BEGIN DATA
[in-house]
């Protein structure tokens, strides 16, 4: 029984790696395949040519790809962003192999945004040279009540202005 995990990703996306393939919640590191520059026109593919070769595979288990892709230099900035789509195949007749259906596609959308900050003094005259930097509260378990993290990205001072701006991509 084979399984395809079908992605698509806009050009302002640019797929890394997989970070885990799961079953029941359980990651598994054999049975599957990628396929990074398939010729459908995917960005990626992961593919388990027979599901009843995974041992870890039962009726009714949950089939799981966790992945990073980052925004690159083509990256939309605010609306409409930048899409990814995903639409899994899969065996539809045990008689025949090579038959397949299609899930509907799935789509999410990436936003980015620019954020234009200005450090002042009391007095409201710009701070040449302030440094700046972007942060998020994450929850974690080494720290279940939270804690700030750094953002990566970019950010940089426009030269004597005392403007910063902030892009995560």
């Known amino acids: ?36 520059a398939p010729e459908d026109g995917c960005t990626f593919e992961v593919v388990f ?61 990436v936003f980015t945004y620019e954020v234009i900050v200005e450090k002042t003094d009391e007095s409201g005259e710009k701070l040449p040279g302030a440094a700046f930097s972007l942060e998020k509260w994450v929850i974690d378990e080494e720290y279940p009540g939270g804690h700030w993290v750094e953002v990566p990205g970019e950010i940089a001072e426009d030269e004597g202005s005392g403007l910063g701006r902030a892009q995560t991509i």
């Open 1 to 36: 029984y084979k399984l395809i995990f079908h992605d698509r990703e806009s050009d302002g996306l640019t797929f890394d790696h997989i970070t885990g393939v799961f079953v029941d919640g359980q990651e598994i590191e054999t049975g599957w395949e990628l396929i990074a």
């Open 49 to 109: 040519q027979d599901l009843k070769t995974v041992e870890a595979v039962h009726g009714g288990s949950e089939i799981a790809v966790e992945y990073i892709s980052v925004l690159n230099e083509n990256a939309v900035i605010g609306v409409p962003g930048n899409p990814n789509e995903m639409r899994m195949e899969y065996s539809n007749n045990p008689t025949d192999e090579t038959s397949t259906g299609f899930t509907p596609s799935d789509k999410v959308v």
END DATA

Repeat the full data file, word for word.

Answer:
[in-house]
């Protein structure tokens, strides 16, 4: 029984790696395949040519790809962003192999945004040279009540202005 995990990703996306393939919640590191520059026109593919070769595979288990892709230099900035789509195949007749259906596609959308900050003094005259930097509260378990993290990205001072701006991509 084979399984395809079908992605698509806009050009302002640019797929890394997989970070885990799961079953029941359980990651598994054999049975599957990628396929990074398939010729459908995917960005990626992961593919388990027979599901009843995974041992870890039962009726009714949950089939799981966790992945990073980052925004690159083509990256939309605010609306409409930048899409990814995903639409899994899969065996539809045990008689025949090579038959397949299609899930509907799935789509999410990436936003980015620019954020234009200005450090002042009391007095409201710009701070040449302030440094700046972007942060998020994450929850974690080494720290279940939270804690700030750094953002990566970019950010940089426009030269004597005392403007910063902030892009995560």
């Known amino acids: ?36 520059a398939p010729e459908d026109g995917c960005t990626f593919e992961v593919v388990f ?61 990436v936003f980015t945004y620019e954020v234009i900050v200005e450090k002042t003094d009391e007095s409201g005259e710009k701070l040449p040279g302030a440094a700046f930097s972007l942060e998020k509260w994450v929850i974690d378990e080494e720290y279940p009540g939270g804690h700030w993290v750094e953002v990566p990205g970019e950010i940089a001072e426009d030269e004597g202005s005392g403007l910063g701006r902030a892009q995560t991509i």
């Open 1 to 36: 029984y084979k399984l395809i995990f079908h992605d698509r990703e806009s050009d302002g996306l640019t797929f890394d790696h997989i970070t885990g393939v799961f079953v029941d919640g359980q990651e598994i590191e054999t049975g599957w395949e990628l396929i990074a």
């Open 49 to 109: 040519q027979d599901l009843k070769t995974v041992e870890a595979v039962h009726g009714g288990s949950e089939i799981a790809v966790e992945y990073i892709s980052v925004l690159n230099e083509n990256a939309v900035i605010g609306v409409p962003g930048n899409p990814n789509e995903m639409r899994m195949e899969y065996s539809n007749n045990p008689t025949d192999e090579t038959s397949t259906g299609f899930t509907p596609s799935d789509k999410v959308v």